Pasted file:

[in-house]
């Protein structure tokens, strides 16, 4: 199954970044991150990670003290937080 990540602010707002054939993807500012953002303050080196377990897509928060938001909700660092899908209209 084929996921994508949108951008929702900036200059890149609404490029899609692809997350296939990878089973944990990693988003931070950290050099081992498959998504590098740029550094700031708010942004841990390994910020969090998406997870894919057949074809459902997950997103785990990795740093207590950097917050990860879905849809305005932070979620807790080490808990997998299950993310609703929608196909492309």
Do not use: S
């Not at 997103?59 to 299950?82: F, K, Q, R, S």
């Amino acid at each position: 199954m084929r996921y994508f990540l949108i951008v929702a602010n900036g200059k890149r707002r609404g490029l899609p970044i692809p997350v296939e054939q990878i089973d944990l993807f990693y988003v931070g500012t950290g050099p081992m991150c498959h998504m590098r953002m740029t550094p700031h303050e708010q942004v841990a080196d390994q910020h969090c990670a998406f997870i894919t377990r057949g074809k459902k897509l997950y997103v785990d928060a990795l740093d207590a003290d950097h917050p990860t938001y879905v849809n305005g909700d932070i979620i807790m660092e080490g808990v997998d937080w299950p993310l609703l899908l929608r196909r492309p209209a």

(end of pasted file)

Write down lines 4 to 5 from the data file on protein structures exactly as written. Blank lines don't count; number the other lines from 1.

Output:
């Not at 997103?59 to 299950?82: F, K, Q, R, S």
């Amino acid at each position: 199954m084929r996921y994508f990540l949108i951008v929702a602010n900036g200059k890149r707002r609404g490029l899609p970044i692809p997350v296939e054939q990878i089973d944990l993807f990693y988003v931070g500012t950290g050099p081992m991150c498959h998504m590098r953002m740029t550094p700031h303050e708010q942004v841990a080196d390994q910020h969090c990670a998406f997870i894919t377990r057949g074809k459902k897509l997950y997103v785990d928060a990795l740093d207590a003290d950097h917050p990860t938001y879905v849809n305005g909700d932070i979620i807790m660092e080490g808990v997998d937080w299950p993310l609703l899908l929608r196909r492309p209209a």